Massachusetts wrong way car collisions usually occur because the negligent driver is intoxicated, under the influence of illicit or prescribed medication, distracted, or fatigued. Further, some of these accidents occur because the road conditions are unsafe or the weather presents motorists with obstructions related to fog, heavy rain or snow. The NTSB reports that these accidents are amongst the “most serious types of highway accidents.”

For instance, recently, a local news report described a harrowing Massachusetts wrong-way accident. Law enforcement responded to the scene of an accident in Somerset, Massachusetts. According to reports, an SUV driver was driving east on the highway’s west side when it slammed into a sedan. The sedan burst into flames, and the 21-year-old driver died at the scene of the accident. The 50-year-old SUV driver from Rhode Island, survived, but suffered serious injuries.

New England winter weather can be treacherous, especially for those who do not have experience handling inclement conditions. Although October is the month that sees the highest number of Massachusetts car accidents, winter weather generally increases the likelihood of car accidents, slip-and-falls, and other types of personal injury. In Massachusetts, those that suffer injuries in a car accident or other incident because of another’s negligence may be able to recover for their damages. However, snow and ice-related accidents can present many challenges to injury victims as the circumstances surrounding these accidents may not be clear. It is important that injury victims consult with an attorney to discuss their rights and remedies in these cases.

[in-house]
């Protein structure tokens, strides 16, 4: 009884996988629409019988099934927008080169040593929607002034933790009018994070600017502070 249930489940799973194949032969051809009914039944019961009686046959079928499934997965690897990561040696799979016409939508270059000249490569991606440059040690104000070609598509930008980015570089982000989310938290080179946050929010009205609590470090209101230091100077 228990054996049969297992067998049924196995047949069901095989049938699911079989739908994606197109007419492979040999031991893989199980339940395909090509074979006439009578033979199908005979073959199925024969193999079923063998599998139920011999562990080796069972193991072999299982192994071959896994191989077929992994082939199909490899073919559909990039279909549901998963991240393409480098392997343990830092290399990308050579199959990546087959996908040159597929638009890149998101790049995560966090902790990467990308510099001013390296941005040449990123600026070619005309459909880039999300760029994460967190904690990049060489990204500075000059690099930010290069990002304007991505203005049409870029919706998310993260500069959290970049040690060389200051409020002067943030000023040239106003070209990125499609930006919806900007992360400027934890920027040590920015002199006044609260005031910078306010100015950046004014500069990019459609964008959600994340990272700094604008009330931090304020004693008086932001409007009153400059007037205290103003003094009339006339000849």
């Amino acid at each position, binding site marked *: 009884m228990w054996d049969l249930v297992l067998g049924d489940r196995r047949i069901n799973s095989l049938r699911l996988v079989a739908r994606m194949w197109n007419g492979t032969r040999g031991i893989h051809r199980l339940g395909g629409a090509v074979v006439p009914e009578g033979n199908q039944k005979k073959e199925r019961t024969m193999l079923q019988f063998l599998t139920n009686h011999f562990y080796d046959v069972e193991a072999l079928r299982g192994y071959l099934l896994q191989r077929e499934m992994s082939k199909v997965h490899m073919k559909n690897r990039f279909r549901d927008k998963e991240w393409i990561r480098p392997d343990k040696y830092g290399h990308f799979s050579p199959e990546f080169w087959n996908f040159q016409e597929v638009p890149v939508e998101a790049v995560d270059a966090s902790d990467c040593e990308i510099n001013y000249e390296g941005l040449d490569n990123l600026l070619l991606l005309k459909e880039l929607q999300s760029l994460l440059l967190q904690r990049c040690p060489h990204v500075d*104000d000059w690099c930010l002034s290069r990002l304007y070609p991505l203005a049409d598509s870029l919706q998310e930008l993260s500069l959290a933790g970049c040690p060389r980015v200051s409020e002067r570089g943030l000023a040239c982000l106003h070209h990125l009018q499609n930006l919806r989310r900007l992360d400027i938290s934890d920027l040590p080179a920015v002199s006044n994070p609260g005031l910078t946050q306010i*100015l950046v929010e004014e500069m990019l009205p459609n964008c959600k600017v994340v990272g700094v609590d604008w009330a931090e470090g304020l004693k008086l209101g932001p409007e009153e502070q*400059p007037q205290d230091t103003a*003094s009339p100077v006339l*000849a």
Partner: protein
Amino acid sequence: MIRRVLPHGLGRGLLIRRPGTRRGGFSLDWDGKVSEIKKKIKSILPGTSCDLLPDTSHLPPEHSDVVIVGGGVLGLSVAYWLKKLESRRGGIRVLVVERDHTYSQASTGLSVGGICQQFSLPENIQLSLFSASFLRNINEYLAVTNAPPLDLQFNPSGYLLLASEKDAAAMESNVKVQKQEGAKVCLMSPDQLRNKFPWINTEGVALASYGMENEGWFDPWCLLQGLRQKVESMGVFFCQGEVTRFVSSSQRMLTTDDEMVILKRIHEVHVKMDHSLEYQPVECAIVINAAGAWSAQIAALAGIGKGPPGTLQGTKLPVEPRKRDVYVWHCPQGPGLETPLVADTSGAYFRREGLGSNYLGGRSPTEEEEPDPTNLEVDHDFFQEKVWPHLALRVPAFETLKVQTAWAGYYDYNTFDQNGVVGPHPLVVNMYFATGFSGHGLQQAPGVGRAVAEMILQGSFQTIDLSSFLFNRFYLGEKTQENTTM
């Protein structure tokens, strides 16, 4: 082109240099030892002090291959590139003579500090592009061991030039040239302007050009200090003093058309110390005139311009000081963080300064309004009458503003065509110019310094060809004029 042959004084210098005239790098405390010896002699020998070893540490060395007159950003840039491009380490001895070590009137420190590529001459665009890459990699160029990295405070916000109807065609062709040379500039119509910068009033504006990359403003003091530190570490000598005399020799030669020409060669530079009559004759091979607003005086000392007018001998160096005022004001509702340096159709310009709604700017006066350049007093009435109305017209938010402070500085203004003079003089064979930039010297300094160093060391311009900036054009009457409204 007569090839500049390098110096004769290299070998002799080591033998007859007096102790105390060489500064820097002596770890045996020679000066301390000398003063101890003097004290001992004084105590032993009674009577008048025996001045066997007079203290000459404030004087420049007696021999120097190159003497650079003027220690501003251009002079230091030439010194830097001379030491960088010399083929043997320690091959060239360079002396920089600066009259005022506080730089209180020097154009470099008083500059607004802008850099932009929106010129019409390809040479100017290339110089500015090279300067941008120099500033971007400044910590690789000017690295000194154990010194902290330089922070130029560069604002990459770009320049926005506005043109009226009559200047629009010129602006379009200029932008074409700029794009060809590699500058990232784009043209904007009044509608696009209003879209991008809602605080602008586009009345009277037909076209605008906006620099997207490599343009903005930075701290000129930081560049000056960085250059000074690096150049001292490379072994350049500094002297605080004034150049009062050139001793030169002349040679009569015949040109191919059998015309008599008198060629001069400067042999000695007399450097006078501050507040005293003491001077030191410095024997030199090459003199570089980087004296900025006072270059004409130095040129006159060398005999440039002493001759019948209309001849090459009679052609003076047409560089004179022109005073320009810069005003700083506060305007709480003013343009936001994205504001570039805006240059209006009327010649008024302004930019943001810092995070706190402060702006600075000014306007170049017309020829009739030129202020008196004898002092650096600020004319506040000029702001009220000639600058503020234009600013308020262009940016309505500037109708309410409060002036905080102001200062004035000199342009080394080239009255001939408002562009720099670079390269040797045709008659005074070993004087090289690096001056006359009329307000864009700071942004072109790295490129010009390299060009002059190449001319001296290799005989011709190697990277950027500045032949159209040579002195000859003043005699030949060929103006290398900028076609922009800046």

Many premises liability accidents stem from snow and ice slip-and-falls, trip-and-falls, and step-and-falls. These accidents may occur when a property owner fails to remove snow or ice from their home or business. The failure to make a property safe may result in serious injuries to a visitor or guest. The most common injuries from a snow or ice accident are broken bones, concussions, traumatic brain injuries, spinal cord damage, and organ damage. In many cases, these injuries require both emergency and long-term medical treatment. Even with insurance, these medical treatments are often costly and may deter the victim’s ability to continue gainful employment. In these cases, victims should pursue damages against the negligent party.